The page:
A hazmat situation injured multiple people at Merrol Hyde Magnet High School in Hendersonville.
An official said at least 17 students and one teacher were triaged at the scene Wednesday morning, and multiple patients were taken to area hospitals.
Six students were treated at Tristar Hendersonville Medical Center, while five students were taken to Monroe Carell Jr. Children's Hospital at Vanderbilt.
The teacher was reportedly treated and released from Vanderbilt University Medical Center. Reports from school officials said the educator involved was a first-year chemistry teacher.
As of 4 p.m. Wednesday, nine were still hospitalized; however, none were expected to stay overnight.
The situation was described as an incident in a science class, and authorities said multiple times it was an accident.
The school was evacuated, and students were relocated following the incident.
Update: 4 students were taken to Vanderbilt Children’s Hospital for injuries following a chemical incident in a science lab a Merrol Hyde Magnet School. 17 people total checked out or taken to a hospital. @NC5
— Alexandra Koehn (@NC5_AKoehn) May 9, 2018
The injuries were described as chemical burns. Dr. Berchaun Nicholls, of Tristar Hendersonville Medical Center, said the six students they treated had minor burns and inhalation injuries.
The doctor confirmed the burns were superficial, getting the first layer of the skin, and even though it's painful, it's generally not life-threatening on a small surface area. Officials described them Wednesday afternoon as second-degree burns.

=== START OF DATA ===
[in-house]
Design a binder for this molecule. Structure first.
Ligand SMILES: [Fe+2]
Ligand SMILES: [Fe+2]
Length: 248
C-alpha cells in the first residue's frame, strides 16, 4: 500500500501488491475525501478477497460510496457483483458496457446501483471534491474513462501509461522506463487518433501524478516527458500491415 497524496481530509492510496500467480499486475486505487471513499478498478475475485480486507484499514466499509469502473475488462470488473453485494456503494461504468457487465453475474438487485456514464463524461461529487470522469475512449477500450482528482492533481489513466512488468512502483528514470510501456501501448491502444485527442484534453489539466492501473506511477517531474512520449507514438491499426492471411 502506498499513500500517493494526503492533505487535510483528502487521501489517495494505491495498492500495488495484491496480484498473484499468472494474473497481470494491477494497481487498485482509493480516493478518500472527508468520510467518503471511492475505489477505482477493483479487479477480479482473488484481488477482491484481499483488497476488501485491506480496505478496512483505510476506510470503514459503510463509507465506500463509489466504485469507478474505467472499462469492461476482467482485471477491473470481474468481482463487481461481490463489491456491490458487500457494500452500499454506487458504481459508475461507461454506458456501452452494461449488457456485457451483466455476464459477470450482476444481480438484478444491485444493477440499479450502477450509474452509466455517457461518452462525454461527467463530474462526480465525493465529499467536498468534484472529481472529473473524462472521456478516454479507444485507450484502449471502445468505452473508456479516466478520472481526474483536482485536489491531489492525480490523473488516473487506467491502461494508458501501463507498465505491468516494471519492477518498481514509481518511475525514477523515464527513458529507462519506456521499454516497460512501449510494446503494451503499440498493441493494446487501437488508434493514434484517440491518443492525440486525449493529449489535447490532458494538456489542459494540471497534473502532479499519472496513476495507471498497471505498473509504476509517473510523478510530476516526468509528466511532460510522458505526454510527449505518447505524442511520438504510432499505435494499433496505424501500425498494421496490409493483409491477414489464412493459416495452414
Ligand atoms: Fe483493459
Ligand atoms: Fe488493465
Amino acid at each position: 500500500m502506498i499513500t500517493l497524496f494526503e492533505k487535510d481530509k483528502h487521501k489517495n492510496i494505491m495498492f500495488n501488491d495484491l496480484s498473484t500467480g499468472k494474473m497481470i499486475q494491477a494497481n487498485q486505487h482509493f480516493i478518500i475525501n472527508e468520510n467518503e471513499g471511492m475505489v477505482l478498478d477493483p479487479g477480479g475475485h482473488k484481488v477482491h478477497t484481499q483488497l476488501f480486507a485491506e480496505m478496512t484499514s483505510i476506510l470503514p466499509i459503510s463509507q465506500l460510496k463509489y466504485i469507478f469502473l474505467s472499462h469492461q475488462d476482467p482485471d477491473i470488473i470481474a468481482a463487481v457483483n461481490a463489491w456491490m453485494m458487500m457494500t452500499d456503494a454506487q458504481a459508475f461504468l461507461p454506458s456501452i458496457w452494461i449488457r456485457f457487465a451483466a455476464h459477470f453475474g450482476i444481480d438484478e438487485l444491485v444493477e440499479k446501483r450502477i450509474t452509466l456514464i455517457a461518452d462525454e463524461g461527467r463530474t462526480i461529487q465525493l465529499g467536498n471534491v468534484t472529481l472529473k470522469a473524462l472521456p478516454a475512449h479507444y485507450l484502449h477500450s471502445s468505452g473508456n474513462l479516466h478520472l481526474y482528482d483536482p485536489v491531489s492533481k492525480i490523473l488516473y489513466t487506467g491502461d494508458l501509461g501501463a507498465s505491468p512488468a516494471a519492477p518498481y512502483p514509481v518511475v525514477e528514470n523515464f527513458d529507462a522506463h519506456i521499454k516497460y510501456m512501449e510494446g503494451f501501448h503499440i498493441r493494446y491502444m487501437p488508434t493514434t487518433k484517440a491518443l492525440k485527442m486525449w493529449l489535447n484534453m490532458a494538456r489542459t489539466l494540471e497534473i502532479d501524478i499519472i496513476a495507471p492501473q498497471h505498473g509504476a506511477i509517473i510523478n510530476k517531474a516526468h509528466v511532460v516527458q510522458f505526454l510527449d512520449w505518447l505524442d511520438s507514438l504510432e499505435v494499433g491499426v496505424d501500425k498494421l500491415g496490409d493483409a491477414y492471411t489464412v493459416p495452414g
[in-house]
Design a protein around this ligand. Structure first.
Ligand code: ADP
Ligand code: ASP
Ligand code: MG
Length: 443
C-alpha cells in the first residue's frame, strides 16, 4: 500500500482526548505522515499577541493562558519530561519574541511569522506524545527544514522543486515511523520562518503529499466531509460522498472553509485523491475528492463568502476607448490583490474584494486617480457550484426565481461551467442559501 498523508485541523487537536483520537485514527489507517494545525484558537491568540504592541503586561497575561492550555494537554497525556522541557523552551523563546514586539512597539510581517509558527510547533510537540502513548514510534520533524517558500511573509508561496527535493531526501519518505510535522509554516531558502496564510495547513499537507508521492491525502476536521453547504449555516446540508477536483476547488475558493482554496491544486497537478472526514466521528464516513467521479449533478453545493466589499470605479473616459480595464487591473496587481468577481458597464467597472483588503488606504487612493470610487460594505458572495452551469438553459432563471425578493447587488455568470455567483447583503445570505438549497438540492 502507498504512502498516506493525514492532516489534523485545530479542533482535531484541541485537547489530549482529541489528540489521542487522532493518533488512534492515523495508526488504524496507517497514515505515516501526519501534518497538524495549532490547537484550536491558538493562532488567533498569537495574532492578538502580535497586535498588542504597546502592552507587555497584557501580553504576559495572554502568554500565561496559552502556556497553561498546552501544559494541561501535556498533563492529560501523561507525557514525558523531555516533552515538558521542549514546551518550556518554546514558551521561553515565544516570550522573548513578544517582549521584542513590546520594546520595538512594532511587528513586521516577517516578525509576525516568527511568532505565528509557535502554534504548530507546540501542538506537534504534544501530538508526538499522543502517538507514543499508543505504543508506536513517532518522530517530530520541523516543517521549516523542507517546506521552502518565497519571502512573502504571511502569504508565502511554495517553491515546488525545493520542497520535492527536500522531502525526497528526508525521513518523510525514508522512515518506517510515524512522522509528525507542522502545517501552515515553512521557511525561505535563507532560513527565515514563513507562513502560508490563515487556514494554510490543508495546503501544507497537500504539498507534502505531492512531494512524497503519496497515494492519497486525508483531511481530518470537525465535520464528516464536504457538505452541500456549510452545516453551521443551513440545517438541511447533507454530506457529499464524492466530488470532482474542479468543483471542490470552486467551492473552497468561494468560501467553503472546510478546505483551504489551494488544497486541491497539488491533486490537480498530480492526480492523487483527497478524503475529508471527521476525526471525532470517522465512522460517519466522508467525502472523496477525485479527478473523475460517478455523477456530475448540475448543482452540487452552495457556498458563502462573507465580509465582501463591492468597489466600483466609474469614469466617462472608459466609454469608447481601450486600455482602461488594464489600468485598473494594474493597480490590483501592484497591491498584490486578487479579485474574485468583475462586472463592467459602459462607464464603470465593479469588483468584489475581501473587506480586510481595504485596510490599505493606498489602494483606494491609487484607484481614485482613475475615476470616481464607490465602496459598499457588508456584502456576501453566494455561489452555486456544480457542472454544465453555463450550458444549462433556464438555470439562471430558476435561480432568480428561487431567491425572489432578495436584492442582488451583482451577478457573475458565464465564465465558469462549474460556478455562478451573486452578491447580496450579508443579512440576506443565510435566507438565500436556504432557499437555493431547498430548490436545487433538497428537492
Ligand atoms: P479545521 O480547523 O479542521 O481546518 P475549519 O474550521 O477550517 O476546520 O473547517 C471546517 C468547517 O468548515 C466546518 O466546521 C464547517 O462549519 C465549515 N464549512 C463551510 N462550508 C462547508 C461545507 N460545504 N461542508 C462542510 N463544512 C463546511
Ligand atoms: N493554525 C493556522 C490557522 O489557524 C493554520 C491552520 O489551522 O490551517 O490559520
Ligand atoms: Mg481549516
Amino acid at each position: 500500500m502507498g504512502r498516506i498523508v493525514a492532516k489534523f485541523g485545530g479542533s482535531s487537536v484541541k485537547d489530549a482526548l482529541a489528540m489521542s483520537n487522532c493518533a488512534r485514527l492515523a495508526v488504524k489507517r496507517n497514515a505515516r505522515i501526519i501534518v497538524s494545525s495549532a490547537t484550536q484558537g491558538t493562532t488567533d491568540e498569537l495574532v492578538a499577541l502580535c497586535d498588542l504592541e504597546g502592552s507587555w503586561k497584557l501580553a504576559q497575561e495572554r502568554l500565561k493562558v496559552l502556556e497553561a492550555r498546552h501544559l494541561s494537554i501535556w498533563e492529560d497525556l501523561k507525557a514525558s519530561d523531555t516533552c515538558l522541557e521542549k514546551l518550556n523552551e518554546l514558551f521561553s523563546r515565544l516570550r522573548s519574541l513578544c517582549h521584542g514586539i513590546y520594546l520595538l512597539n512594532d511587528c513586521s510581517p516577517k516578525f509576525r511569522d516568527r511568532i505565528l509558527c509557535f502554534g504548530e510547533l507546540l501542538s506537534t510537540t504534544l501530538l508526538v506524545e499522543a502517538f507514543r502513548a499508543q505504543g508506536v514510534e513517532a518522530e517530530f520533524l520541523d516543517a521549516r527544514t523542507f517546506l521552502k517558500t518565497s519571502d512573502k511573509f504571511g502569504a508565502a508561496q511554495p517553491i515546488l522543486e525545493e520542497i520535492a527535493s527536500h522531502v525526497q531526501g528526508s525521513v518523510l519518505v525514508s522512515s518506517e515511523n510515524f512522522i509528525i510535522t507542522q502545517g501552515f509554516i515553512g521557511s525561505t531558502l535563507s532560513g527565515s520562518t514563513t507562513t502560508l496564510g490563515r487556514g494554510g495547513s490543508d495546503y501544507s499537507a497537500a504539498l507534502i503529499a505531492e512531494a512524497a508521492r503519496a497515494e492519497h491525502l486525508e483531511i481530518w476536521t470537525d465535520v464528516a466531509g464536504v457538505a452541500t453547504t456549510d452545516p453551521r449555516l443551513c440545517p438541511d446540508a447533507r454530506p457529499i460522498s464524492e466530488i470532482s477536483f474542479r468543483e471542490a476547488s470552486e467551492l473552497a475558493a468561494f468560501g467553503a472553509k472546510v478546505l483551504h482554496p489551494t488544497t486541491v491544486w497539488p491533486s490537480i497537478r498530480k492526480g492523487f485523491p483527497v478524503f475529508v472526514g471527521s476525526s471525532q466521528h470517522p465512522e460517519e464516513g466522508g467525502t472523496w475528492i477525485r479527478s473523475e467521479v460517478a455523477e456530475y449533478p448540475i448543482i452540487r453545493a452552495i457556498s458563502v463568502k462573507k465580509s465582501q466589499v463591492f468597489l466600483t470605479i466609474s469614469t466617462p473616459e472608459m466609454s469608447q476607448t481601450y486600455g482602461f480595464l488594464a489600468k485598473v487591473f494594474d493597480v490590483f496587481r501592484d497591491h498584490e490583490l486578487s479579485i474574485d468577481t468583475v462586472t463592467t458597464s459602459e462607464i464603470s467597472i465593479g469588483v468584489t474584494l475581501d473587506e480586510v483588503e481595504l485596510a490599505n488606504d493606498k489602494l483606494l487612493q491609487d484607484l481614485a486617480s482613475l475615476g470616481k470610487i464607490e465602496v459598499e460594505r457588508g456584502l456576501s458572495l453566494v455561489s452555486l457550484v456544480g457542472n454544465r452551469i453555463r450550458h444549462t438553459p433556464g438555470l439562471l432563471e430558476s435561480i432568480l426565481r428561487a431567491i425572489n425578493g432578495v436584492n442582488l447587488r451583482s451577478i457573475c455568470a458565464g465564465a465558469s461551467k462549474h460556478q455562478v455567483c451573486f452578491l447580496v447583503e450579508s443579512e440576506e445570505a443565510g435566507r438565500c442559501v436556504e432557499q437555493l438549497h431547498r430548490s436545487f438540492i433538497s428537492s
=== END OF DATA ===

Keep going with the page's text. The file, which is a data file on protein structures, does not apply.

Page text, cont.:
“We came in and set up the decontamination tents and had them wash off and brought them into a room where they could be treated for their burns and also breathing treatments if they had any shortness of breath," Dr. Nicholls said.
According to Dr. Nicholls, boric acid was allegedly mixed with ethyl alcohol, which produces a small green flame. Details on how the experiment possibly went wrong had not been released, and authorities had not confirmed the chemicals involved.
Officials said teachers put the fire out with an extinguisher.
None of the injuries were to the eyes. Most were seen on the arms and extremities, according to the doctor. Authorities said some were on the face.
The doctor added they were prepared for this type of incident.
"We practice this several times a year," Dr. Nicholls said. "The best part about it is the community can know that we're trained for this, they're safe, and we're honored to treat them."
The building is split between a middle school/high school and an elementary school. School was dismissed as a precaution at 10:15 a.m. for the middle and high schools. Elementary students were also released. A command center was set up near campus for parents to pick up their children. School officials said they plan for classes to resume as normal on Thursday.
Authorities said they have been airing out the school to make sure no further incidents take place. Fans were brought in to help with the process.
The fire department will investigate inside the building and will be responsible for giving the all clear at the scene.